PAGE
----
Health / Health tech / Startups

This CloudMine-Jefferson collabo will give you faith in Philly’s health IT aspirations

The venture-backed company recently announced that it would double down on healthcare customers. They're doing it with the help of a local champion.

At Jefferson's hackathon, November 2015. (Courtesy photo)

On February 7, 2013, two months after CloudMine announced it would focus on enterprise customers, CEO Brendan McCorkle shared some tips about working with corporations, during a panel hosted by PACT and Philly Startup Leaders.
Find a champion, he said.
Three years later, as the company doubles down on enterprise customers in the healthcare space, he’s found a champion in Neil Gomes, Jefferson’s head of innovation and customer experience.
It’s an example of how CloudMine has taken advantage of Philadelphia’s strong healthcare sector — and how the industry has also shaped CloudMine.

As small and flat as technology has made our world, in-person conversations are just better.

Gomes, whom we introduced you to via his team’s work to build an Airbnb-like staffing app for Pope weekend, has spoken at two conferences about Jefferson’s work with CloudMine: Gartner’s Application Architecture, Development & Integration Conference in Las Vegas last November and more recently at the Healthcare Information and Management Systems Society (HIMSS) Conference, also in Vegas.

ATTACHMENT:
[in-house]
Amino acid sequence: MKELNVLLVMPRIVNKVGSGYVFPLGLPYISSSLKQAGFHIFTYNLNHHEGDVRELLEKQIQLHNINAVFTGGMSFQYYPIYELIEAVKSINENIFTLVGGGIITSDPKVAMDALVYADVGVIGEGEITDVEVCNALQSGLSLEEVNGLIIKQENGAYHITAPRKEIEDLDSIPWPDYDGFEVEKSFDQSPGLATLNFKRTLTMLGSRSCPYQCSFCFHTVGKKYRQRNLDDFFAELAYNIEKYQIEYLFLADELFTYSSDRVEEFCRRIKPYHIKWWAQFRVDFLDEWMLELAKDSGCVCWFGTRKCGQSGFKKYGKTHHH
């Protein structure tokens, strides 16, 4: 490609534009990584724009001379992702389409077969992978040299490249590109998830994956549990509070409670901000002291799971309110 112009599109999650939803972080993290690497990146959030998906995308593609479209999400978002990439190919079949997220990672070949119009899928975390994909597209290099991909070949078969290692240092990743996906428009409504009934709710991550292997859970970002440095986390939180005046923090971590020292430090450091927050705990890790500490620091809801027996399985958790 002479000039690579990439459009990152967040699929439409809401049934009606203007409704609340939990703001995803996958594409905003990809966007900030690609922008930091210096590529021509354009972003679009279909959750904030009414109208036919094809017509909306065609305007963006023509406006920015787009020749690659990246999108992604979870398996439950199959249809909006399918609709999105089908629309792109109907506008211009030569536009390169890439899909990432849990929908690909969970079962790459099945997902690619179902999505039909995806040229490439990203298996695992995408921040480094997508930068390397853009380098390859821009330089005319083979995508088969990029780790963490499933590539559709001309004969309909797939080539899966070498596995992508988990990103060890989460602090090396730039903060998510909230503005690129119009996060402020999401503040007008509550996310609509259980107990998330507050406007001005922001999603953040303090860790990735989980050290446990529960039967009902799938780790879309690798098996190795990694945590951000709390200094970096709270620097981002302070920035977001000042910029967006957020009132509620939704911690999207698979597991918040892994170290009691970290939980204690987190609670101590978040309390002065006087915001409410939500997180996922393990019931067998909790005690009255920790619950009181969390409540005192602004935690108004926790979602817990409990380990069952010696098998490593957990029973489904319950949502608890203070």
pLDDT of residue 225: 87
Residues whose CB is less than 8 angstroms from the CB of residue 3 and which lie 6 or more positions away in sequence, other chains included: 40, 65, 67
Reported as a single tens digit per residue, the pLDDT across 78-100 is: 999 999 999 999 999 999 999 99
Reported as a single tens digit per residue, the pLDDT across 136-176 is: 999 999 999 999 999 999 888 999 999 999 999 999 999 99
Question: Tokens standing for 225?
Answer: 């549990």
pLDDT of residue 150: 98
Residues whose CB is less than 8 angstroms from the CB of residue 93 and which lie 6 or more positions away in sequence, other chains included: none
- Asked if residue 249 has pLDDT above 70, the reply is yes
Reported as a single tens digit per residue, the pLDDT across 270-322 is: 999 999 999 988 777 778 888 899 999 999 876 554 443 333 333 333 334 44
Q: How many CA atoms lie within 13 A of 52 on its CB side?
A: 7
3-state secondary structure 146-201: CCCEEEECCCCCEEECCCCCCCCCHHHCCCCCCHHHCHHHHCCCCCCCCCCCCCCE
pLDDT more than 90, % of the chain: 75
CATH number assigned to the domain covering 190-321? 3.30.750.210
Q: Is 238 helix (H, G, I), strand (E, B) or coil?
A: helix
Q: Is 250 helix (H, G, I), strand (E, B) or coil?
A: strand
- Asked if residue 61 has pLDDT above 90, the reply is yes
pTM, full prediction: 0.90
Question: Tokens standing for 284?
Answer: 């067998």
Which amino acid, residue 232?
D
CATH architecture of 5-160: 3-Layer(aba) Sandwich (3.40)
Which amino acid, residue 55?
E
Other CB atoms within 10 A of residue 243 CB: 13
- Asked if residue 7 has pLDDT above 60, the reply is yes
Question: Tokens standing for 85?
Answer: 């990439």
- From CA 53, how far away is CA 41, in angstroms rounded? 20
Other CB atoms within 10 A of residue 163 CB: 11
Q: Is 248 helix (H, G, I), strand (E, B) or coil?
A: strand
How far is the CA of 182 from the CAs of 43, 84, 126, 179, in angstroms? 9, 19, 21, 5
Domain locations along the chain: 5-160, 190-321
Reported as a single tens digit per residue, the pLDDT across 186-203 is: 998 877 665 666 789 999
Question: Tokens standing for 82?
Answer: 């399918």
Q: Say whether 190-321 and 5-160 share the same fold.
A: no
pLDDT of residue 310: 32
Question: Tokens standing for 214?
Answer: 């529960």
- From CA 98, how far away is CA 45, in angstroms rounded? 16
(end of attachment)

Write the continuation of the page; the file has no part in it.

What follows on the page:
Gomes has a been a vocal supporter, McCorkle said, and “that’s a powerful thing.”
Jefferson uses CloudMine to develop web and mobile apps, including an Apple ResearchKit app that collects data for a prostate cancer study run by oncologist Dr. Adam DickerHackers at Jefferson’s hackathon last fall also got to use CloudMine, hearkening back to CloudMine’s early days as a hackathon tool. (While some CloudMine staff engaged with Jefferson on the hackathon side, CloudMine’s sales staff also worked to close the deal. “That’s how it is with big companies,” McCorkle said. “You gotta go after them from a couple different sides.”)
There was a lot to like about CloudMine, Gomes said: “They were extremely responsive, they were local, they took part in our hackathon.” Plus, they’re HIPAA-compliant.
Jefferson has also helped shape CloudMine’s product offerings, McCorkle said. They’re one of the customers that drove CloudMine to launch its new Connected Health Cloud product.


In the last five years, CloudMine has worked to figure out its target market.

Initially, they sold to individuals. Then they turned to enterprise. Now they’re narrowing that focus to healthcare. It’s the company “doubling down on what works best,” McCorkle said.

In retrospect, he said, healthcare has worked best in part because CloudMine has “the easiest access” to those customers, thanks to Philadelphia’s healthcare industry and its proximity to the other Northeast healthcare hubs like Northern New Jersey and Boston. It helps that CloudMine gets to “play the local card,” he said.

CloudMine can have coffee with, say, Pfizer and doesn’t have to hop on a plane to do so.

“As small and flat as technology has made our world, in-person conversations are just better,” he said.

Sounds like McCorkle could be a pretty good spokesman for the Health Care Innovation Collaborative.

Companies: CloudMine

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